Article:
Russia’s Sputnik vaccine gamble is all about Vladimir Putin


File photo of Russian President Vladimir Putin | Photo: Andrey Rudakov | Bloomberg


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There was no clearer way of signaling how Russia sees its coronavirus vaccine: Moscow named it Sputnik, after the satellite whose launch in 1957 marked the start of the space race, and forced the West to confront an unexpected, and terrifying, technology gap.

Announcing the world’s first regulatory approval this week, President Vladimir Putin sought to repeat the propaganda masterstroke. Yet the rushed endorsement, after just two months of small-scale human testing, is less an affirmation of Russian scientific prowess than it is an expression of Putin’s hankering for Soviet-era international clout. It’s a premature victory lap that suggests a worrying need for affirmation at home too.

Russia has been in a hurry to win the vaccine race from the start, spotting the political benefit of being first with the inoculation the world is waiting for. It said in July that one of its prototypes, developed by the Gamaleya Institute, had completed the initial phase of tests. Then it began talking up plans for a mass vaccination program in the fall, brushing aside accusations that Moscow-backed hackers tried to steal research abroad. My colleagues in Moscow reported officials and billionaire tycoons had been getting the shots since April.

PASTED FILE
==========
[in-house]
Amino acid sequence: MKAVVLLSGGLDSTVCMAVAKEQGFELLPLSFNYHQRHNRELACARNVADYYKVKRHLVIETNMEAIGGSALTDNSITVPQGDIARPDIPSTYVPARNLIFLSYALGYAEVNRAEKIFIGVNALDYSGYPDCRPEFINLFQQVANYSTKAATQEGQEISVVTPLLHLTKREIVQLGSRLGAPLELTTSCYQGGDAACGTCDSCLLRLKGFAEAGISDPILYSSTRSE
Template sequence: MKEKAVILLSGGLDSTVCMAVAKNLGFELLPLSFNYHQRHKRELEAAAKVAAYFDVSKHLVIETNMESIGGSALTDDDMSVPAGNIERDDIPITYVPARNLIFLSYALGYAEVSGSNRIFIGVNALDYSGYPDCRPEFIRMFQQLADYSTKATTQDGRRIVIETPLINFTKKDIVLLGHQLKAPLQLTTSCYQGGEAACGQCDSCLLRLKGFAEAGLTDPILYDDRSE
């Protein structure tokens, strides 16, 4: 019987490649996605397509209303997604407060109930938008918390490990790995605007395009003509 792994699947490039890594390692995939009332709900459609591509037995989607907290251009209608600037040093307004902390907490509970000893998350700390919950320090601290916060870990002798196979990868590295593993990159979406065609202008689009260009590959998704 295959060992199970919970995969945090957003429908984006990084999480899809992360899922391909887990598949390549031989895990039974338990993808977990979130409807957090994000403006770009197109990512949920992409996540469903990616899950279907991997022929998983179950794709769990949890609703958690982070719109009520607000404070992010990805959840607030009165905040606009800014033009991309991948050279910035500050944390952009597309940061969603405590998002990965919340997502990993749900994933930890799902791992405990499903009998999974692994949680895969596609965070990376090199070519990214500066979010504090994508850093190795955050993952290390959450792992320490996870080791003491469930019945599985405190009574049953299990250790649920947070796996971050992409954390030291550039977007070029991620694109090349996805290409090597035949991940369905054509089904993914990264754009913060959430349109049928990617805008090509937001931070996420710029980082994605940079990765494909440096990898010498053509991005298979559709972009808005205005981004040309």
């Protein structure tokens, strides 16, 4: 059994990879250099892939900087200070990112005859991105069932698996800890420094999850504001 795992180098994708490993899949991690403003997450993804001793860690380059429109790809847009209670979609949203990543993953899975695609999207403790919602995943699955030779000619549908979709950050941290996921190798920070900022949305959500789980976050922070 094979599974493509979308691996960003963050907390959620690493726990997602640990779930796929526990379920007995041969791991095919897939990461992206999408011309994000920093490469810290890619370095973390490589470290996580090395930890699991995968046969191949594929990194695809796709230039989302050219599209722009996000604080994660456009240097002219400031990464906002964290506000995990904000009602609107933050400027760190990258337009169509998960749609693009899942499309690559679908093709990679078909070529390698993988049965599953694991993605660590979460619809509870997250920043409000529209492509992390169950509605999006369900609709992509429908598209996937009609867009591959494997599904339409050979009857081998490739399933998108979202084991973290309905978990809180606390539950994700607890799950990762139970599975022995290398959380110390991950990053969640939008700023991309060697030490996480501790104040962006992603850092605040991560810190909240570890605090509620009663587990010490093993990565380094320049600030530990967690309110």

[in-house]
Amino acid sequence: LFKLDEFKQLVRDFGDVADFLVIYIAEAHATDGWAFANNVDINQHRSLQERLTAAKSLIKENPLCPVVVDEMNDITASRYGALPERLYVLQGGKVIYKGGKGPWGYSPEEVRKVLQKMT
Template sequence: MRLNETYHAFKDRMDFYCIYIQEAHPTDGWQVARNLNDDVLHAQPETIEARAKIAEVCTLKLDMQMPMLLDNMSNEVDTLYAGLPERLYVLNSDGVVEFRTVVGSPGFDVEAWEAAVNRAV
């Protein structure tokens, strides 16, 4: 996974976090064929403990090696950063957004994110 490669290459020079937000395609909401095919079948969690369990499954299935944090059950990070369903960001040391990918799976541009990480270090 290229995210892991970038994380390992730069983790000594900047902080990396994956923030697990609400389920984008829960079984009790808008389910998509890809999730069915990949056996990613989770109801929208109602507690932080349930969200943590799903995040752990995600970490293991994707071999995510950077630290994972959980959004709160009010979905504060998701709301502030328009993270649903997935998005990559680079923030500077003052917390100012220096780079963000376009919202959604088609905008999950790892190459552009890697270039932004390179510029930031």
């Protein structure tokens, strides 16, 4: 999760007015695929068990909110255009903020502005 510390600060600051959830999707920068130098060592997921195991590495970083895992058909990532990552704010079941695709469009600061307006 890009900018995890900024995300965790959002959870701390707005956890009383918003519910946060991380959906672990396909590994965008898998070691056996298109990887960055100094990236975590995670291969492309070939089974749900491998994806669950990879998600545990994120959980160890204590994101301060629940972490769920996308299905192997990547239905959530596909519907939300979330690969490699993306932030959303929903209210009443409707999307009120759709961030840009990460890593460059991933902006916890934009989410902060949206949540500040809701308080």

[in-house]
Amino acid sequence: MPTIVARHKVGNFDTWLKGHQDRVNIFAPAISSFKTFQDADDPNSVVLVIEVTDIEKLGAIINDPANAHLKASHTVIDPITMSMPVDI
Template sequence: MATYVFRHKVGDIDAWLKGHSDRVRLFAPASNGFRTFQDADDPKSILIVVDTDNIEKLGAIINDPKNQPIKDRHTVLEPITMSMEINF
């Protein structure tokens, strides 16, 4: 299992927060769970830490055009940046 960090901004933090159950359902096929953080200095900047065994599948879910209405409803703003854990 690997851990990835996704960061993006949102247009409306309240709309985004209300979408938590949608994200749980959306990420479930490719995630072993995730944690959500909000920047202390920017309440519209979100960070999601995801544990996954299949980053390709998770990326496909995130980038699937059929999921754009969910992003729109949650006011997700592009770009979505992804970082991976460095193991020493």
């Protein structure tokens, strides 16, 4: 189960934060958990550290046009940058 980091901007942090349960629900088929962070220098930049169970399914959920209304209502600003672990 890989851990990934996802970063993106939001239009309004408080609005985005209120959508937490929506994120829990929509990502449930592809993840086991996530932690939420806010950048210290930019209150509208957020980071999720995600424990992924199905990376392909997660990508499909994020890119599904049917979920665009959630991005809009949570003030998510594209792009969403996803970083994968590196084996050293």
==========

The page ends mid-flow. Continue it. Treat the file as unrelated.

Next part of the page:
Now, ignoring public objections from the trade body representing the world’s top pharmaceutical companies in Russia, the country has pressed ahead with an official green light — even before the gold-standard, phase 3 trial that would typically involve thousands of subjects. Sweeping aside standard research procedure, Putin said in a televised meeting that all necessary checks had been cleared. It’s a triumph of spin over scientific protocol that even U.S. President Donald Trump hasn’t been able to pull off.

The scale of the gamble makes it hard to comprehend, even in a country that has counted more than 900,000 cases of the pneumonia-like illness. With only early-stage tests, as my colleague Max Nisen pointed out, Russia is taking a huge bet on the vaccine actually protecting enough people, safely. While adverse effects from vaccines are rare, they are not unheard of. Corner-cutting will hardly reassure a skeptical population.

There is also the fact that a national regulator’s OK doesn’t win you the global vaccine race. According to the World Health Organization, several candidate vaccines are already ahead of Russia’s in the final phase of testing, including one developed by the University of Oxford and AstraZeneca Plc, which uses a similar technology. Some, unlike Russia, have published data to support their claims.

So why bother?

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